pin into the baby's clothes, also you could try laying the fathers trousers across the cot.

If being chased by faeries try jumping over running water, especially if it is south flowing.
This will hinder the evil fae and give you time to escape.

Jeanie, the Bogle of Mulgrave Wood, near Whitby. Many years ago one farmer for 
some unknown reason wished to make the acquaintance of Jeanie, who was the 
chief of their family. Once into the wood he found her cave which was set into a 
rocky slope. Calling out to her from the back of his horse”Jeanie! Jeanie! Art a 
theer? Coom out lass, I want a word wi’ thee!” With that there was an awful 
screeching noise from within the cave and Jeanie, Chief of the Bogles rushed out. 
She was the usual size for a bogle, old, wizened and incredibly ugly, her lips pulled 
back from yellowing teeth in a terrible snarl. Jeanie rushed at the farmer brandishing 
her magic wand and was such a fiercesome sight that both farmer and horse turned
 and fled for their lives.
They sped through the trees with Jeanie hard on their heels all the way. In front of them
 lay the stream and the farmer remembered that Bogles could not cross water, so he 
put his heels to the side of his mount and urged the frightened horse to leap the stream.
 But it was not soon enough, just as its hooves left the ground Jeanie’s wand touched
 the horses rump and it was sliced cleanly in two. The farmer fell to safety on the other 
side of the water.
Needless to say he did not bother Jeanie, Chief of the Bogles again.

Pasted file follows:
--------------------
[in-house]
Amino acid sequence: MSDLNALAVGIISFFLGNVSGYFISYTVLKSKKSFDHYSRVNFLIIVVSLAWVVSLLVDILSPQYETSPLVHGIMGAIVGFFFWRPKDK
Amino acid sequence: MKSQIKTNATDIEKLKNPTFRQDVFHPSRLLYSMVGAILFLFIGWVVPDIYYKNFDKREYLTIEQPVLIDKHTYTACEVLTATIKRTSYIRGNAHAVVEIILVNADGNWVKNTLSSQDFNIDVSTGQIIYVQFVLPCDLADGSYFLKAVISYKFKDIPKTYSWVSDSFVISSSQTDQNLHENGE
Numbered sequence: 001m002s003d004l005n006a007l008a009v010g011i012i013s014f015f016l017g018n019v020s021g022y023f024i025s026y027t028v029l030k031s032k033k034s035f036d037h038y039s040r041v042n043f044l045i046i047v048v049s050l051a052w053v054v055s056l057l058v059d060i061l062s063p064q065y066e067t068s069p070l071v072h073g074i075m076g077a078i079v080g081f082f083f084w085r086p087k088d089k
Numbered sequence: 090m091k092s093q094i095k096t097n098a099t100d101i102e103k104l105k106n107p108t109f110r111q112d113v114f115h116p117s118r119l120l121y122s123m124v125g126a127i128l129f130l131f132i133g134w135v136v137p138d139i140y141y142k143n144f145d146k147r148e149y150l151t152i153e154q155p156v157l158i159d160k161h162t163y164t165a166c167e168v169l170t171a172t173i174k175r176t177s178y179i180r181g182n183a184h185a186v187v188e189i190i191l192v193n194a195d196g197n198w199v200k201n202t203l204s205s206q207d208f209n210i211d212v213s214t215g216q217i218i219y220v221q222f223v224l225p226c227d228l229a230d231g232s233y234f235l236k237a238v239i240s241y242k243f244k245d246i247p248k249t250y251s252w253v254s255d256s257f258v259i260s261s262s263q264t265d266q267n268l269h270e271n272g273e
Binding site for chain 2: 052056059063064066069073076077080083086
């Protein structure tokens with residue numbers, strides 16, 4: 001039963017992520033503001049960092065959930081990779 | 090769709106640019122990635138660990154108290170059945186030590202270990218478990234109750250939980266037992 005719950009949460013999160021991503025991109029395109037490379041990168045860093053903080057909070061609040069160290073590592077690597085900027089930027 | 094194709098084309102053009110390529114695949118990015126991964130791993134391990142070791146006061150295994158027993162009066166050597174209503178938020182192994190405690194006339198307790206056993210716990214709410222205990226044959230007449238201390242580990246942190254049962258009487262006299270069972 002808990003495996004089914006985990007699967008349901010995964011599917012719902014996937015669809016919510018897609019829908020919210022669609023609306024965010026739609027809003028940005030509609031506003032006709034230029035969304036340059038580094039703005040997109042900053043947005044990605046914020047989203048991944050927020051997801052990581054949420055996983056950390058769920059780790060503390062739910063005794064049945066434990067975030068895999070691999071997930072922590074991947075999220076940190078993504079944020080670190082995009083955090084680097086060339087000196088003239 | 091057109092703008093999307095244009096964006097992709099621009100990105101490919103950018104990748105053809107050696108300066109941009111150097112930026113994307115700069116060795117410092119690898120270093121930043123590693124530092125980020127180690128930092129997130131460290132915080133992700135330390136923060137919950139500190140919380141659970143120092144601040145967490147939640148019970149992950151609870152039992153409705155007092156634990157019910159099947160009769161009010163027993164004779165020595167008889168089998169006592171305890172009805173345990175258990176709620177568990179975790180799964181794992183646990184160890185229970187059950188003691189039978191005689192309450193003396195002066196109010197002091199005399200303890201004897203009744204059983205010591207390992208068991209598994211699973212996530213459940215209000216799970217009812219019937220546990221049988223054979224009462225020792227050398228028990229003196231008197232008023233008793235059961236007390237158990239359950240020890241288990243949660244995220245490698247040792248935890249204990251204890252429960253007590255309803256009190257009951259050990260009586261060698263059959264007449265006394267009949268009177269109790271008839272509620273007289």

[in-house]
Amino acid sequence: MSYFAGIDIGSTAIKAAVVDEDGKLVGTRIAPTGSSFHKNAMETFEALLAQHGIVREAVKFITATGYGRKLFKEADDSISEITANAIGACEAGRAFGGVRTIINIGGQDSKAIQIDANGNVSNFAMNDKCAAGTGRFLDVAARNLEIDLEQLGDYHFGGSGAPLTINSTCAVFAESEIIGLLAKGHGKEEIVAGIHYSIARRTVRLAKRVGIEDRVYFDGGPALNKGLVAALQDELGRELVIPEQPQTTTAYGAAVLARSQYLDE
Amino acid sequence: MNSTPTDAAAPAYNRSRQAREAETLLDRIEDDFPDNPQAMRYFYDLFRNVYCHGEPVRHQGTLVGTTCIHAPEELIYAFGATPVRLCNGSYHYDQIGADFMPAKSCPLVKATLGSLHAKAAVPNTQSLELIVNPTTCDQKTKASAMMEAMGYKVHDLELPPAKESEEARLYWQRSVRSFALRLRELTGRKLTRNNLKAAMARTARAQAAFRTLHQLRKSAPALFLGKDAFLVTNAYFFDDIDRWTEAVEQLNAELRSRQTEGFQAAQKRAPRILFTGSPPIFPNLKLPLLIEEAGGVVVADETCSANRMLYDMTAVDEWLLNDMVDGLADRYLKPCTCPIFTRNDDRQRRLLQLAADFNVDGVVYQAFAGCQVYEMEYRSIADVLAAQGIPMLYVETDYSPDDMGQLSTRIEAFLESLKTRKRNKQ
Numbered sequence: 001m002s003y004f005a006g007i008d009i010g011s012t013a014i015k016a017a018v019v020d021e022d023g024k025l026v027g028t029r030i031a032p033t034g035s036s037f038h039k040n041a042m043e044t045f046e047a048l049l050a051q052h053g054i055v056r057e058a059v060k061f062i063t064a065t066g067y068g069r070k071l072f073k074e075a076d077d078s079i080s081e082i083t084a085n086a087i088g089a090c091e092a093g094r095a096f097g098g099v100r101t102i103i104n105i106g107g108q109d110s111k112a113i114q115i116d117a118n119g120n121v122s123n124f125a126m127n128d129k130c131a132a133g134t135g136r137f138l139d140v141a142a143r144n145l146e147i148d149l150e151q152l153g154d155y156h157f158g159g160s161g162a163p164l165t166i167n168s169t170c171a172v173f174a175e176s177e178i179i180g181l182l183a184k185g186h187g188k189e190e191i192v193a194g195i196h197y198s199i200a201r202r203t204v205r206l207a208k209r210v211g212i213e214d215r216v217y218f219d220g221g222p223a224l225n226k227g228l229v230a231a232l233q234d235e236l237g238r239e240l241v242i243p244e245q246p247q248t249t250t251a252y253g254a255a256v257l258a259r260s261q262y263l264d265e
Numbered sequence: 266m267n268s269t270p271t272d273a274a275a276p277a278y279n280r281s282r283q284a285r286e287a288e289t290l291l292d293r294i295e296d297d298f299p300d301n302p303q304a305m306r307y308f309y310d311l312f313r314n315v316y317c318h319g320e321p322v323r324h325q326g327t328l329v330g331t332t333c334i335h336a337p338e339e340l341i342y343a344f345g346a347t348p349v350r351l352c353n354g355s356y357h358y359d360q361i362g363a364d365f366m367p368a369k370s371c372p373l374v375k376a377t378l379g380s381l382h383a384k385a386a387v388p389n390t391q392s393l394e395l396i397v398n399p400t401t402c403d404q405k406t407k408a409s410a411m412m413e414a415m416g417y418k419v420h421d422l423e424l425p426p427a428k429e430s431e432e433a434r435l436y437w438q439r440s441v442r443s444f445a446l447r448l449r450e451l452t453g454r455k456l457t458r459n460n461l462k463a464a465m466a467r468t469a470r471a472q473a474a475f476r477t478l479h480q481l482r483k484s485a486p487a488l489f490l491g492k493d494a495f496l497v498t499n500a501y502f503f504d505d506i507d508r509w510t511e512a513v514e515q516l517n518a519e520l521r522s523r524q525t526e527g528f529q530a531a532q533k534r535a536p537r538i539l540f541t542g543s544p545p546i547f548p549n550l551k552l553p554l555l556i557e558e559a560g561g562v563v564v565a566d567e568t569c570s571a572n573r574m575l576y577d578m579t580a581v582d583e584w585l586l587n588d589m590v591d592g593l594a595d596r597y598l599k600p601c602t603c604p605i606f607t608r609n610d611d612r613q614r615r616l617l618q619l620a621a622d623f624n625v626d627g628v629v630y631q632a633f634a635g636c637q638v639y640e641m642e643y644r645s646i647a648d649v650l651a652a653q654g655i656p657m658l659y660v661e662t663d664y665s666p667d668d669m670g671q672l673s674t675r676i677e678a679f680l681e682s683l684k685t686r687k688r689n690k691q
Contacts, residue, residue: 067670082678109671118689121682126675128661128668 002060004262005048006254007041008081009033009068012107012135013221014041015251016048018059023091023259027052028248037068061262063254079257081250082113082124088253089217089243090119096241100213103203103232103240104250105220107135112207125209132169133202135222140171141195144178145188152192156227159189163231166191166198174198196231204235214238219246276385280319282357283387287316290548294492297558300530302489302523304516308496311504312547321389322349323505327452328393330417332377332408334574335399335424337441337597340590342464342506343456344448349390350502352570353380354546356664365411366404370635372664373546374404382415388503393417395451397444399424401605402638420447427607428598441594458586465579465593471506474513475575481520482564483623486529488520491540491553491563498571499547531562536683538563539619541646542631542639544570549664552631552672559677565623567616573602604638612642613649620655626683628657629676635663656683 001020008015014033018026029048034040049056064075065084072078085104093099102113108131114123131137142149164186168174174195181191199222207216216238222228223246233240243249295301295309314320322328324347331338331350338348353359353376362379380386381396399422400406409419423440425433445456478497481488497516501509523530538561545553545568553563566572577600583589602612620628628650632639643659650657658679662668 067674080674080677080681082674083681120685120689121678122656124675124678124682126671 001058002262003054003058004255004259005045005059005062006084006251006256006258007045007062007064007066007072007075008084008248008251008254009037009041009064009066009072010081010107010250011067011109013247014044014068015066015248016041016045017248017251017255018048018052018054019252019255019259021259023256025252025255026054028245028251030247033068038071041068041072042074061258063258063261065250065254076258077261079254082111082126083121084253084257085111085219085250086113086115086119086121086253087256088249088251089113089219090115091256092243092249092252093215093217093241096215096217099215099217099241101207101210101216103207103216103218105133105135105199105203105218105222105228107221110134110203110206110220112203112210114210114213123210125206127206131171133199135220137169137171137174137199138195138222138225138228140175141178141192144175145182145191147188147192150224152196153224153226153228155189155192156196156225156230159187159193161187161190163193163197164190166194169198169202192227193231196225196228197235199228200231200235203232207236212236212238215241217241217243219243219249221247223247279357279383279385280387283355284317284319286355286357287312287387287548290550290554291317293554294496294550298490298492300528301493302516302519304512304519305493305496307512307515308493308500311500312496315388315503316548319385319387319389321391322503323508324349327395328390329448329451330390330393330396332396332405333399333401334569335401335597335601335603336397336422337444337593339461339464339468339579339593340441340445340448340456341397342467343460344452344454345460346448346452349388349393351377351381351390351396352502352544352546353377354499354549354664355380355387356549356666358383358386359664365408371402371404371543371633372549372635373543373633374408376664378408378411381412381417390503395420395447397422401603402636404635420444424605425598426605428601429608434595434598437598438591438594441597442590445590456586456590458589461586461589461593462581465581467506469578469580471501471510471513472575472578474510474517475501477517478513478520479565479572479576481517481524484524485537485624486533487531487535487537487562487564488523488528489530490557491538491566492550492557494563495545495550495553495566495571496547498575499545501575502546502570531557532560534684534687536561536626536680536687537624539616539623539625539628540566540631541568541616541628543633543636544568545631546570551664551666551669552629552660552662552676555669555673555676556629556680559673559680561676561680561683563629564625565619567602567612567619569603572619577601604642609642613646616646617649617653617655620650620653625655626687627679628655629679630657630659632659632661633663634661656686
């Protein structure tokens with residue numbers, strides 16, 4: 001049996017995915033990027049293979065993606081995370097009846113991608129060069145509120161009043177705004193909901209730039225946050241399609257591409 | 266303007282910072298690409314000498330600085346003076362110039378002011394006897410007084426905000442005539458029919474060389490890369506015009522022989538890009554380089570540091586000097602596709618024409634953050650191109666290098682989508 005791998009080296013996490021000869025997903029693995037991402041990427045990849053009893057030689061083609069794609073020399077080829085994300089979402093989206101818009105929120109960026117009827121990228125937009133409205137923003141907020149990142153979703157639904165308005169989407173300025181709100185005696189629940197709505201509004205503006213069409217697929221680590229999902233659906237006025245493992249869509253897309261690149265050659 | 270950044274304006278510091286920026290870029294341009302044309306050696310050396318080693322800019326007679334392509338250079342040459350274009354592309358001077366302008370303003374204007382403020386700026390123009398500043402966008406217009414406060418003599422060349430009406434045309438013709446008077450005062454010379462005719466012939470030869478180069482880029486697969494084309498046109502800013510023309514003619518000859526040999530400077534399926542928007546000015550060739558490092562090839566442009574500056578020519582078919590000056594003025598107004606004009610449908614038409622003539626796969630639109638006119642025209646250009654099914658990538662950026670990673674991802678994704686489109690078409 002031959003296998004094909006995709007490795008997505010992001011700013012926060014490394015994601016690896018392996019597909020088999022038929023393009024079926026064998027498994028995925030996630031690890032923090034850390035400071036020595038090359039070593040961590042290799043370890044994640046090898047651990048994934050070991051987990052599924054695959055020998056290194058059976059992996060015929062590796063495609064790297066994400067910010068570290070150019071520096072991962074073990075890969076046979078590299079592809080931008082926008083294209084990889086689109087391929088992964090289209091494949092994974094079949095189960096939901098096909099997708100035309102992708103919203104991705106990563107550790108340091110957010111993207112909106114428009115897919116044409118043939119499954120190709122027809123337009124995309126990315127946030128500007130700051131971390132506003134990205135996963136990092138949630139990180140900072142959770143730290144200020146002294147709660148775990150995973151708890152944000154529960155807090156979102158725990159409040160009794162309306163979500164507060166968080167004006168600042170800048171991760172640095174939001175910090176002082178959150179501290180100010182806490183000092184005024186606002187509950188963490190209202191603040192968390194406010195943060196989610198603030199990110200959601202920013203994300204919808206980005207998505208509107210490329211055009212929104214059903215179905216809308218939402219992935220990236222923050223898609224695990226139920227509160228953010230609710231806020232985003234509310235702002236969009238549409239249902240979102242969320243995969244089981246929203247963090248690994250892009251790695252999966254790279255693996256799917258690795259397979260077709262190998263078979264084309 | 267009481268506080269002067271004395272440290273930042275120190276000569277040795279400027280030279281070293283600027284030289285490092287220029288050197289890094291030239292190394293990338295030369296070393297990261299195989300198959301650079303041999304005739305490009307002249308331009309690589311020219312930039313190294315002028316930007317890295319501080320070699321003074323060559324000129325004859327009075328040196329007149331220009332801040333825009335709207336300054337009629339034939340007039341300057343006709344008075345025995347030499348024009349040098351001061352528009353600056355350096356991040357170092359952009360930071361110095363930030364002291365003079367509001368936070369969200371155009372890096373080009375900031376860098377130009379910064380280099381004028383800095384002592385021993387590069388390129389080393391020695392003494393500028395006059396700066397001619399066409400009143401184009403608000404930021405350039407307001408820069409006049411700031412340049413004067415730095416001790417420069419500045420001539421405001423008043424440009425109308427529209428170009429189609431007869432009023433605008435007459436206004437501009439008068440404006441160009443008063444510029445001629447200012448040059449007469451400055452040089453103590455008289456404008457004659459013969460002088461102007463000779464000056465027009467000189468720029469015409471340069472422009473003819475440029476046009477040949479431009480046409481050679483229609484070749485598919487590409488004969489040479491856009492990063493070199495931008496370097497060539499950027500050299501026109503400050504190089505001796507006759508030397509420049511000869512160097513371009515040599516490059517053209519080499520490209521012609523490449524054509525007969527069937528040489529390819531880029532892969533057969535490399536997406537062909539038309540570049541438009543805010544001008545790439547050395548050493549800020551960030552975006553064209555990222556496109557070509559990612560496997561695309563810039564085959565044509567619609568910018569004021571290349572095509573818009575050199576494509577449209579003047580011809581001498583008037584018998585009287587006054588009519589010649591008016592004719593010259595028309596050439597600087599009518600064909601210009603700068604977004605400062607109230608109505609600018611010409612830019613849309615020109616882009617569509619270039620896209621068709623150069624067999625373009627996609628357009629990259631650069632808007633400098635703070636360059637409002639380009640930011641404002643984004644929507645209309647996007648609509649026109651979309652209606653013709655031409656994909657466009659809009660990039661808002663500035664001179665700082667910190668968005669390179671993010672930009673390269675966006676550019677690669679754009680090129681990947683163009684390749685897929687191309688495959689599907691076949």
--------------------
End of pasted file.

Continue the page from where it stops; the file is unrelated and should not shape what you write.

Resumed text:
One of the most annoying traits of faeries is their delight in leading humans astray,
 this is usually called being ‘pixy led’ or ‘pouk-ledden’ in the midlands.

‘This Puck seemes but a dreaming dolt
Still walking like a ragged colt
And oft out of a bush doth bolt
Of purpose to deceive us.
And leading us makes us to stray,
Long winter nights out of the way
And when we stick in mire and clay,
Hob doth with laughter leave us.’

Most faeries are known for doing this but the best known tricksters are the west country
 pixies. One account collected by Ruth Tongue in 1961 from the 
Nettlecombe Women’s Institute tells of an encounter near Budleigh Salterton.
“ I were pixy-led once in a wood near Budleigh Salterton. I couldn’t find my way out, 
though ‘twas there, plain to see. I went all around the wood three times , it was getting 
dark and I had been gone from home for hours. Then somebody coom along to find me, 
and I thought how could I miss the path. They said others were pixy-led there too.”

Turning an item of clothing inside out will break the spell, and you will be able to
 travel safely on your way.

Avoid travelling along the banks of streams and rivers by yourself as there are 
many water fae that will try and drag you beneath the water such as 
Jenny Greenteeth, Peg Powler and the Bean Fionn of Ireland.

There is an old doggerel to warn children of the dangers of straying too near 
to the side of river banks;

‘Make haste and do your errand. Go not nigh
The river’s brink, for there the mermaids lie
Be home at five’

I hope this advice for protecting yourself from faeries will of be use to you, 
although of course I also hope that you do not have to use them too much!